Tracking your expenses is an essential part of managing your finances. By keeping track of every dollar you spend, you can gain insight into where your money is going and make informed decisions about allocating your resources.

Here are some tips when tracking expenses:

  • Categorize your expenses: Start by dividing your expenses into categories, such as rent, utilities, and supplies. 
  • Use receipts: Save all your receipts and organize them by category. 
  • Record everything: Make it a habit to record every expense as soon as possible. 
  • Regularly review your expenses: Take some time every week or month to review your expenses and compare them to your budget. 
  • Automate where possible: Many banks and credit card companies offer automatic expense tracking, which can be a helpful tool to ensure that every expense is recorded accurately.

See how this flower farm slash florist uses QuickBooks Live Assisted Bookkeeping.

Set up budgets

Setting up budgets is a key step in managing your business finances. A budget is a plan that outlines your expected income and expenses over a specific period, usually a year or a quarter. 

To set up a budget, gather your financial data, such as income statements, balance sheets, and cash flow statements. This will give you a clear picture of your business's past financial performance and help you make realistic projections for the future.

Then categorize your expenses into different categories, start estimating your expected revenue for the upcoming period, and allocate your expenses accordingly.

In your budgeting process, be sure to include a contingency fund in case of unexpected expenses or revenue shortfalls.

Balance your books

Balancing your books allows you to catch any errors or mistakes in your bookkeeping. A good practice is to balance your books once a month. 

To uncover errors, check whether you forgot to record an entry in either column of your accounting ledger. Or if you listed the same entry twice. If not, try looking for a couple of common accounting errors.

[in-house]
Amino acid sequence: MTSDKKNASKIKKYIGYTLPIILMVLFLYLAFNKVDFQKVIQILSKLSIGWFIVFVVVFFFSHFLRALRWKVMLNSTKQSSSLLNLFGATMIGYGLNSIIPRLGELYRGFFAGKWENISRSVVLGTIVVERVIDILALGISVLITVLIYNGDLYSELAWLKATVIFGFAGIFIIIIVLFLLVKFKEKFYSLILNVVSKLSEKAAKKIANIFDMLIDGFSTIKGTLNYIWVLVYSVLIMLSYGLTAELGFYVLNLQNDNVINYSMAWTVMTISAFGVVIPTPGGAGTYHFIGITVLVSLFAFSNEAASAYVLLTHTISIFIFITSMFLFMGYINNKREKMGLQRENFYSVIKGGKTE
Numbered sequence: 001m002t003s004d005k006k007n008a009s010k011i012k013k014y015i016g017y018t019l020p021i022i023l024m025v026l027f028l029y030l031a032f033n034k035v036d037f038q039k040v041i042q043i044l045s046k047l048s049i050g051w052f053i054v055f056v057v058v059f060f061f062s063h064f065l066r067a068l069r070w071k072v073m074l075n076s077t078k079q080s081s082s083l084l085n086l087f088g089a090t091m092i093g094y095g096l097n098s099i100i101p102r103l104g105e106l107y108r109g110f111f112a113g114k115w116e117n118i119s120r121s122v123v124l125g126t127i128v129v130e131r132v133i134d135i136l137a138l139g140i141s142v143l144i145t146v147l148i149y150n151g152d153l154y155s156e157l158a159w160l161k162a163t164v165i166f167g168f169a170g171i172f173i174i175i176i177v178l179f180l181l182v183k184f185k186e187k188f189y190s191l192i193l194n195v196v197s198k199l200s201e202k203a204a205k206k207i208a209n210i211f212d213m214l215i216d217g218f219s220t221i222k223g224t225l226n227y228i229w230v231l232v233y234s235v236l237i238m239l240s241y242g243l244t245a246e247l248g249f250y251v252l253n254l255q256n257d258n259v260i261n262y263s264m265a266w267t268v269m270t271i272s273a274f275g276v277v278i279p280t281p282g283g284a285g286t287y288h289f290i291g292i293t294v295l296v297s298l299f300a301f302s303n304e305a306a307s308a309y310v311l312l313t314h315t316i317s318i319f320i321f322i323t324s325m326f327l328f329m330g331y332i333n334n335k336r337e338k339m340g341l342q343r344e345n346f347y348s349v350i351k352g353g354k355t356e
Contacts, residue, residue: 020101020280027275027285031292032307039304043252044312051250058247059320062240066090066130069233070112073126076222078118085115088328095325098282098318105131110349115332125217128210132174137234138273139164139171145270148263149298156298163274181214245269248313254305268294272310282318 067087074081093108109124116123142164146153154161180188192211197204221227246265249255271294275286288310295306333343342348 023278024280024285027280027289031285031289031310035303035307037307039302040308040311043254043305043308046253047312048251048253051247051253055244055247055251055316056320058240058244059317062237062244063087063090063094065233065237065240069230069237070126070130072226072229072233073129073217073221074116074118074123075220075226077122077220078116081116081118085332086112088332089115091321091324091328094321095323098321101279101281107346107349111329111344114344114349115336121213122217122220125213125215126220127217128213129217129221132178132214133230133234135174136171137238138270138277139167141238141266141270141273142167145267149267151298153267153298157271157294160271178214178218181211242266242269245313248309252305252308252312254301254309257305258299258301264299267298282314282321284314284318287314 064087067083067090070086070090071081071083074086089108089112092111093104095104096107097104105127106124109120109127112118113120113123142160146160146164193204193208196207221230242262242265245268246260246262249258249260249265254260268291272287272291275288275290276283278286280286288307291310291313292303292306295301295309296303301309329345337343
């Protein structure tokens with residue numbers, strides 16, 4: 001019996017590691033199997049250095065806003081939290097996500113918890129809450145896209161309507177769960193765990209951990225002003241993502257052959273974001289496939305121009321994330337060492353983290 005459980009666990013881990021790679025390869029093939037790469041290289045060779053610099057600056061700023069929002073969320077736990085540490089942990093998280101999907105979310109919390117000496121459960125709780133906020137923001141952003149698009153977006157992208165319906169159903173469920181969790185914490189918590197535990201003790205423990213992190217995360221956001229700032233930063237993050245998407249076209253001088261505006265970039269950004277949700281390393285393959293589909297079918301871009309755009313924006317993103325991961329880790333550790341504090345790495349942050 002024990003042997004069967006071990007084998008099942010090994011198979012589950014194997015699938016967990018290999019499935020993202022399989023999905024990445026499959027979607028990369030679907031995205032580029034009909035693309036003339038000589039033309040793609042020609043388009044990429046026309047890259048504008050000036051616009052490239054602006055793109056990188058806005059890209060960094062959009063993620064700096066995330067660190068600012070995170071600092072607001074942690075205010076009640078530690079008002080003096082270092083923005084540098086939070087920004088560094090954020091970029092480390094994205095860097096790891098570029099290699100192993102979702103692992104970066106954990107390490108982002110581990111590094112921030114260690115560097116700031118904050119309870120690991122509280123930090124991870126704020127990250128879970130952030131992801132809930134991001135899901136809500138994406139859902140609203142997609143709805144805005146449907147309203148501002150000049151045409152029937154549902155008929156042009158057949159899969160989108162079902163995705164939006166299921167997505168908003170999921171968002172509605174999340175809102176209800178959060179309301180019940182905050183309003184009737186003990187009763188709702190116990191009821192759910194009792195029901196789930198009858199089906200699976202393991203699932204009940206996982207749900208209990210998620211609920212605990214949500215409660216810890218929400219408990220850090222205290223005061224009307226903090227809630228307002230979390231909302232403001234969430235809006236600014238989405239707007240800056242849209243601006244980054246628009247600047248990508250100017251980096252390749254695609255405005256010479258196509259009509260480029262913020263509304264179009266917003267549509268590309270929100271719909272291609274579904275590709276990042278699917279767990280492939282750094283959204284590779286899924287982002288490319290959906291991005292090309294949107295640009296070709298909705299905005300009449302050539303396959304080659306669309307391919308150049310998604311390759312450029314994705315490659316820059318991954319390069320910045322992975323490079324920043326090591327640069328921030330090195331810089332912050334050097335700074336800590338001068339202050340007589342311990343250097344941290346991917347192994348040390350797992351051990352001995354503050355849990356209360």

If the discrepancy in your books is divisible by nine, it could mean you have transposed two digits. For example, if you transpose 850 instead of 580, the difference of 270 is divisible by nine.

The 3 golden rules of bookkeeping to follow

An illustration of the three golden bookkeeping rules.

One of the best things you can do to ensure your books balance properly is to follow the three golden bookkeeping rules. 

The three golden rules bookkeepers should pay special attention to are: 

  1. Debit what comes in, credit what goes out.
  2. Debit the receiver, credit the giver.
  3. Debit expenses and losses, credit income and gains.

The debited account is the one that receives or loses value, and the credited account is the one that gives or gains value. The golden rules of accounting can help ensure that your bookkeeping is accurate and up-to-date.

Note that the golden rules assume you use the double-entry bookkeeping system. 

Save time with expert help

By learning bookkeeping basics—with the help of bookkeeping courses—you can keep your business on track and set yourself up for success. If you don't have the time or energy to invest in learning all the details, QuickBooks Online offers its users access to bookkeeping services year-round.*

Get peace of mind, knowing that trusted experts are by your side. Our experts work however you want to work to meet your specific needs. QuickBooks Live Expert Assisted is already available to all QuickBooks Online subscribers who are ready to save time with personalized, one-on-one expertise for their books.

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Bookkeeping basics FAQ

*QuickBooks Live Expert Assisted requires QuickBooks Online subscription. Additional terms, conditions, limitations, and fees apply.

The 4-part small business owner's guide to bookkeeping